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I have a bash script file, which is put under some directory added to $PATH so that I can call the script from any directory.

There is another text file under the same directory as the script. I wonder how to refer to the text file in the script?

For example, if the script is just to output the content of the text file, cat textfile won't work, since when calling the script from a different directory, the text file is not found.

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A related issue recently came up here: Get path of current script when executed through a symlink – Caleb Aug 1 '11 at 10:28
This question answers how to get a bash script files path reliably, I added that to my path: stackoverflow.com/q/4774054/1695680 – ThorSummoner Jul 16 '15 at 22:18
up vote 12 down vote accepted

These should work the same, as long as there are no symlinks (in the path expansion or the script itself):

  • MYDIR="$(dirname "$(realpath "$0")")"

  • MYDIR="$(dirname "$(which "$0")")"

  • A two step version of any of the above:

    MYSELF="$(realpath "$0")"


If there is a symlink on the way to your script, then which will provide an answer not including resolution of that link. If realpath is not installed by default on your system, you can find it here.

[EDIT]: As it seems that realpath has no advantage over readlink -f suggested by Caleb, it is probably better to use the latter. My timing tests indicate it is actually faster.

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@Caleb Oh yes, thanks for the escapes :) – rozcietrzewiacz Aug 1 '11 at 10:03
No problem. By the way where does realpath come from on your system. (For others that don't have it you can use readlink -f – Caleb Aug 1 '11 at 10:27
@Caleb Actually I thought it belonged to the set of standard GNU utilities (coreutils), but I can see now it is a separate package. – rozcietrzewiacz Aug 1 '11 at 10:48
@rozcietrzewiacz realpath dates back from before readlink -f (and even readlink, IIRC) was in GNU coreutils (there were several similar tools around. readlink -f eventually became the de facto standard); realpath is only kept for compatibility with scripts that still use it. – Gilles Aug 1 '11 at 21:38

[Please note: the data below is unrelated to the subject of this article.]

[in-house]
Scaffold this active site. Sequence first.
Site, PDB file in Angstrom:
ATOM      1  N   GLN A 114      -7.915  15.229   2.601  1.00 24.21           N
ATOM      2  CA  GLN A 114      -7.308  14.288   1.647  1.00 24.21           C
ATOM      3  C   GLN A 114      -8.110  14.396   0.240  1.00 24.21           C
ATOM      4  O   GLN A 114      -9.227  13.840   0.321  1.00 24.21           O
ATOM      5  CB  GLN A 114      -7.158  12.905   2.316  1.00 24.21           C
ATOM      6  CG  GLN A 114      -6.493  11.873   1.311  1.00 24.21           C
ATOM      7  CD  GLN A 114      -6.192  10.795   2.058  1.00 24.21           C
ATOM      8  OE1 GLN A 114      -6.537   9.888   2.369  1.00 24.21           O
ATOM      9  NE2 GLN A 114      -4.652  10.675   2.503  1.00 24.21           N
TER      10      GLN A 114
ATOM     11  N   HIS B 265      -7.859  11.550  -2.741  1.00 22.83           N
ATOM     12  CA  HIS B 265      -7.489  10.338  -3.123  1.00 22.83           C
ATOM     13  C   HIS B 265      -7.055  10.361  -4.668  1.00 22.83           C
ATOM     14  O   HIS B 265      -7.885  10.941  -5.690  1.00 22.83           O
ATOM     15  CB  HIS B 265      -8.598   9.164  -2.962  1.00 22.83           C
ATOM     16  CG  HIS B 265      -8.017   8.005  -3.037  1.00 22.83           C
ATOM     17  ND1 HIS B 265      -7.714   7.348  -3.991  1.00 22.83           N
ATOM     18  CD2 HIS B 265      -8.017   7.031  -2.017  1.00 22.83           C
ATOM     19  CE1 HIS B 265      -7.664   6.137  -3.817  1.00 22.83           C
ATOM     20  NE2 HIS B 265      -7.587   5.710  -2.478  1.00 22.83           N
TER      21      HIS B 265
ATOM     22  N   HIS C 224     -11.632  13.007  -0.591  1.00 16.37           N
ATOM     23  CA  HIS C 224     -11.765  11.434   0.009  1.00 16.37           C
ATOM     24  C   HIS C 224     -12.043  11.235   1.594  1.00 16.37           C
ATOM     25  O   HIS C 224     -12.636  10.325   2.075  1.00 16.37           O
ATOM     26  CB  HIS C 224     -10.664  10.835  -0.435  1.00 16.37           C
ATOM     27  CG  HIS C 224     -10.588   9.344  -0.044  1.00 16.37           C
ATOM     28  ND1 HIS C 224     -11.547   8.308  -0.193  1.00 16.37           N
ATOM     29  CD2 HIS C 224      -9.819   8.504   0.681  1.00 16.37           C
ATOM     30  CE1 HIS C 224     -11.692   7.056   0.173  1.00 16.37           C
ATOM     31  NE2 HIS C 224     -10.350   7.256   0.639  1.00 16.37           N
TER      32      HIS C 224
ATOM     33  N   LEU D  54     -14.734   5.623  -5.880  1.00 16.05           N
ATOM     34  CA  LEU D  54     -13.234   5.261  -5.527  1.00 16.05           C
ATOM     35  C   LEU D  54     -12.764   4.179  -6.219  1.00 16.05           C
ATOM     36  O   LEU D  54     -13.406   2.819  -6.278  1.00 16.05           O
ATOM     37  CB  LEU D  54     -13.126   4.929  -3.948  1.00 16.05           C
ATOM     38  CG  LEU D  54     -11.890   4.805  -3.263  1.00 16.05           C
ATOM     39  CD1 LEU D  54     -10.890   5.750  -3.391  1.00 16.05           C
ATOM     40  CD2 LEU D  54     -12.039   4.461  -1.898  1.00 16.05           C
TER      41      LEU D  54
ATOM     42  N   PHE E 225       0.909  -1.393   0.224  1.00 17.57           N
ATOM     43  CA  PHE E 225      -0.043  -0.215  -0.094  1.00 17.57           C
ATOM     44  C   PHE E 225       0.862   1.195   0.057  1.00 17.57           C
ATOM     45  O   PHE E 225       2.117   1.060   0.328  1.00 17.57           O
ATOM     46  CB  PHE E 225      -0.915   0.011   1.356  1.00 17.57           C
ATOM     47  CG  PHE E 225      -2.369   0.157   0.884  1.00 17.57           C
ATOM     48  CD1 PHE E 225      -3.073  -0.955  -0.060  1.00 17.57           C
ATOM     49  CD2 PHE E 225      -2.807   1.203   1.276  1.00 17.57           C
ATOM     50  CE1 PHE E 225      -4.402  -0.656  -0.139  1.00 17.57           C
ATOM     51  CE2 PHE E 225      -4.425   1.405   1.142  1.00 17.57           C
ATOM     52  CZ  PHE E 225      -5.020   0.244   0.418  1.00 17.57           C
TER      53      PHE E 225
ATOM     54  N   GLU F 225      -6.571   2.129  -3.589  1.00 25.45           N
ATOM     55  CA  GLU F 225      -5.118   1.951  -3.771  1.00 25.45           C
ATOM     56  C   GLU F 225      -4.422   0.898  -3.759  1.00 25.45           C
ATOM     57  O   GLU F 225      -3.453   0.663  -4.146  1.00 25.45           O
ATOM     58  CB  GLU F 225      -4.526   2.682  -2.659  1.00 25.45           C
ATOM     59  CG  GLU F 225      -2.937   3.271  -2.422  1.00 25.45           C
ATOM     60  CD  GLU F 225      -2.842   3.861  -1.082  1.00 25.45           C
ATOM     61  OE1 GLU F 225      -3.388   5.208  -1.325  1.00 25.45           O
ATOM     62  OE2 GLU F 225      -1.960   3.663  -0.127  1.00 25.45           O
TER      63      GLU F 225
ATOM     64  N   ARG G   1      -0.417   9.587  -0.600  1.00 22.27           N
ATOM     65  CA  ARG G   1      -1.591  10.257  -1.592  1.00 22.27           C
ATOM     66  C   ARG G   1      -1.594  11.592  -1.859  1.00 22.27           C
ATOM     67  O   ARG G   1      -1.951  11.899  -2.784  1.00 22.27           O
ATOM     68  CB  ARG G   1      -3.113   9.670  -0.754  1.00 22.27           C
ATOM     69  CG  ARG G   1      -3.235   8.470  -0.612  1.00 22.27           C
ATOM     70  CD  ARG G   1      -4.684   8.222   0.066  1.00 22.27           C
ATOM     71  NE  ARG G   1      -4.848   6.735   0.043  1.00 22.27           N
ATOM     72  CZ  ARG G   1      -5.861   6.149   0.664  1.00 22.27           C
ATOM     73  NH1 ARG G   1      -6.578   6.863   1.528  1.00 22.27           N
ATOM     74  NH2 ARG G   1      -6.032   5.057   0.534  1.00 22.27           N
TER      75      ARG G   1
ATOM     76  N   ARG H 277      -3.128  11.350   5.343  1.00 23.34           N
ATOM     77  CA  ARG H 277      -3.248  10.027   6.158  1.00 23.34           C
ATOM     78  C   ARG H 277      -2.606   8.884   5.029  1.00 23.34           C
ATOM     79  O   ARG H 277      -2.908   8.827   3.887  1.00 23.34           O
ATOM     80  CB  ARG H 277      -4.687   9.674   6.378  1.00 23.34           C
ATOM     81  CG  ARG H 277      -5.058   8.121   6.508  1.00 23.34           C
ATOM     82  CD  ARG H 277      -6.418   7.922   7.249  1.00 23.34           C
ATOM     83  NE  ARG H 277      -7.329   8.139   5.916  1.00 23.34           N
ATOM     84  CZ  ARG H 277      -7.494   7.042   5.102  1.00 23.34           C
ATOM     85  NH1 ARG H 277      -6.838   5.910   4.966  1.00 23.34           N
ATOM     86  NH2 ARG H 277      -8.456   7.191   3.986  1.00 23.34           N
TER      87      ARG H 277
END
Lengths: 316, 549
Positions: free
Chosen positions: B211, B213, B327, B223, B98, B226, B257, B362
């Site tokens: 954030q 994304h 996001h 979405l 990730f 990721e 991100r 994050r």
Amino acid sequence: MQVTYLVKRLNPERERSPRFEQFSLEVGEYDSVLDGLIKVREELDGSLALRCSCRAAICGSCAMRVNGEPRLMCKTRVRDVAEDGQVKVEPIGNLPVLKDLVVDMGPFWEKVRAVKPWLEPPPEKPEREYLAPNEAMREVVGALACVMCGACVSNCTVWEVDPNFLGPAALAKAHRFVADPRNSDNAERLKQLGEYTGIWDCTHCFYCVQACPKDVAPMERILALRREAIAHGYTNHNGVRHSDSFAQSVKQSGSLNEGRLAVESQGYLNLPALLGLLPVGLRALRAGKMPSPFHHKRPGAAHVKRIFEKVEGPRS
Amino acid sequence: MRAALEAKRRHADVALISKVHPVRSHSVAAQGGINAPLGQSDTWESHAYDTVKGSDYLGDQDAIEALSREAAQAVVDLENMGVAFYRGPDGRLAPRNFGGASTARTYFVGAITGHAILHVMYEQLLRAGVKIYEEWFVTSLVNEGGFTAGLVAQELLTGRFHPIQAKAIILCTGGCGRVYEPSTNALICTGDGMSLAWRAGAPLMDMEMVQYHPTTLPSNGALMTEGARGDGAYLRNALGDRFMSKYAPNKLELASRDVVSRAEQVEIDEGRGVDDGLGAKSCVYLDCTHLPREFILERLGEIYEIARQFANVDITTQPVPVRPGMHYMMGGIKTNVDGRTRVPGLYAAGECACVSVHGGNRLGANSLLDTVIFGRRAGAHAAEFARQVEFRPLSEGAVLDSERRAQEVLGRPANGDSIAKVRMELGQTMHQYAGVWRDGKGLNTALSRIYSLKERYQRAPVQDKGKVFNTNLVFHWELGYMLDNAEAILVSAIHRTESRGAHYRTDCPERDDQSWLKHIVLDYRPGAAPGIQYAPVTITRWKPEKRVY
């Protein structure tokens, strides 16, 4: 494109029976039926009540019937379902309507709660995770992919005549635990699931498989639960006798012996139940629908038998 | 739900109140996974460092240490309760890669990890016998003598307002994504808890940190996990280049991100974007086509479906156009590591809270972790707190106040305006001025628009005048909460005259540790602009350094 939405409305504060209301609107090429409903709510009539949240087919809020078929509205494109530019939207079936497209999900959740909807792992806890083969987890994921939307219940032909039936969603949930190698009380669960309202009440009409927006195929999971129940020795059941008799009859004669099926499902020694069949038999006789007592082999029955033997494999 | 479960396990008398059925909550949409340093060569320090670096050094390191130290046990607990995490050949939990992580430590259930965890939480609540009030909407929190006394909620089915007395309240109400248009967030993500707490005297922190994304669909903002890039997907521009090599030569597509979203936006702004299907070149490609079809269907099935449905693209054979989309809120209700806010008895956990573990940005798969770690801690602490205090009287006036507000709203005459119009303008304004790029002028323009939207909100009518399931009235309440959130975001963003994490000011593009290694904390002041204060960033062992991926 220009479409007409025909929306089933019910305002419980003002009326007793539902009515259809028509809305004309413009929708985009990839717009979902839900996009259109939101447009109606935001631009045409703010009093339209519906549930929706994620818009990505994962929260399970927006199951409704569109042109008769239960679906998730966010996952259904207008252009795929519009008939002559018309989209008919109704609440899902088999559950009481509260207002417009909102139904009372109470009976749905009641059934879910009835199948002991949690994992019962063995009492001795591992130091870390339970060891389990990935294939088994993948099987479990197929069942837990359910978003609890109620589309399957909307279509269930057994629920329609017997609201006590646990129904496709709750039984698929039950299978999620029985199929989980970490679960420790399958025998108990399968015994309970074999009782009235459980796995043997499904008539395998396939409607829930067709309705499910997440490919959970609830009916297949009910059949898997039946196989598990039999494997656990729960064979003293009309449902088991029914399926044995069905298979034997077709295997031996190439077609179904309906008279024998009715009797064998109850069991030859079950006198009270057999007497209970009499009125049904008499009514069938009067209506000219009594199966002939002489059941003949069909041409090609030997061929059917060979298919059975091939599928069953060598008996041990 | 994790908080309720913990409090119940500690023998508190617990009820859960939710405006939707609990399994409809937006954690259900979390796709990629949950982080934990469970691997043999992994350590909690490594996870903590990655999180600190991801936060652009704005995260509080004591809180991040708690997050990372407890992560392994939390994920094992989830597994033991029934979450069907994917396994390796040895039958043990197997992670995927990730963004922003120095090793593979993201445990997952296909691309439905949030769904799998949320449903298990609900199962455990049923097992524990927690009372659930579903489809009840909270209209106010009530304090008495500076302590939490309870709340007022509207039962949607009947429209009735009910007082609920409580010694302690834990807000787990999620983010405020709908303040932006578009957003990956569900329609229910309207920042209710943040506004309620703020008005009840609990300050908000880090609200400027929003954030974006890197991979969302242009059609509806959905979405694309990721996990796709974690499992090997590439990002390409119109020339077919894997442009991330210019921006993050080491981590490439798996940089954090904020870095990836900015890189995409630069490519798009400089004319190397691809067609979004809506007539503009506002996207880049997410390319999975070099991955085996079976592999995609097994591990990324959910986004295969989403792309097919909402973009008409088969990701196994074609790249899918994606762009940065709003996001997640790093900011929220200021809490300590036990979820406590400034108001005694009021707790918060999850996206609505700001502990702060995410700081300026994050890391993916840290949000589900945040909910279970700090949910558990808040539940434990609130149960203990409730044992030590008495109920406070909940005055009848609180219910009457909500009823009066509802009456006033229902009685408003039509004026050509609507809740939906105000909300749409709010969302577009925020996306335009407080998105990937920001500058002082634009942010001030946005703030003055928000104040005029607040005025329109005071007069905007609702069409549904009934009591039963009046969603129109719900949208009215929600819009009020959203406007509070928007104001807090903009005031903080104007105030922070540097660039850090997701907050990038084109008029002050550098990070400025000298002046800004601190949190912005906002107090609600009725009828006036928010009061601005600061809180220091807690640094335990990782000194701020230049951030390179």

@Gil I see. Thanks for enlightening :) – rozcietrzewiacz Aug 1 '11 at 21:40

My systems do not have realpath as suggested by rozcietrzewiacz.

You can accomplish this using the readlink command. The advantage of using this over parsing which or other solutions is that even if a part of the path or the filename executed was a symlink, you would be able to find the directory where the actual file was.

MYDIR="$(dirname "$(readlink -f "$0")")"

Your text file could then be read into a variable like this:

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@rozcietrzewiacz: I actually wasn't refering to just your which suggestion. The normal solution for this involves either just dirname or a combination of cd and pwd in a subshell. Readlink has the advantage here. realpath seems to pretty much be just a wrapper for readlink -f anyway. – Caleb Aug 1 '11 at 11:07
I don't know how realpath is different from readlink -f. I can only see it gives me the same results (as opposed to which). – rozcietrzewiacz Aug 1 '11 at 11:21

$0 in the script will be the full path to the script, and dirname will take a full path and give you just the directory, so you can do this to cat textfile:

$ cat "$(dirname -- "$0")/textfile"
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While this seems to work without realpath $0, you are wrong in saying that "$0 in the script will be the full path to the script". – rozcietrzewiacz Jul 31 '11 at 0:28
@roz In what way? – Michael Mrozek Jul 31 '11 at 0:38
$0 is the command as it was run, which can be e.g. ../script.sh. – rozcietrzewiacz Jul 31 '11 at 0:43
So, actually $(dirname "$0") returns the relative path to the script, as part of the invoked command - not the absolute path. This can lead to problems in scripts that change directories while running. – rozcietrzewiacz Jul 31 '11 at 1:03
@roz Ah, interesting. So I guess it wouldn't cause a problem here since he's calling something on the path by name, but it would break other things. Thanks – Michael Mrozek Jul 31 '11 at 1:09

You can put this at the top of your script:

cd "${BASH_SOURCE%/*}" || exit

The BASH_SOURCE internal bash variable is actually an array of pathnames. If you expand it as a simple string, e.g. "$BASH_SOURCE", you'll get the first element, which is the pathname of the currently executing function or script.

Source: http://mywiki.wooledge.org/BashFAQ/028

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Commandlinefu shows several different ways here.

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You can provide off-site links, but always include at least a summary of the part that is a relevant answer to the question in your answer. – Caleb Aug 1 '11 at 9:47

I always use which to find the full path of an executable from the PATH. For instance:

which python

If you combine this with the dirname command then you get:

wp=`which python`
dn=`dirname $wp`
ls $dn
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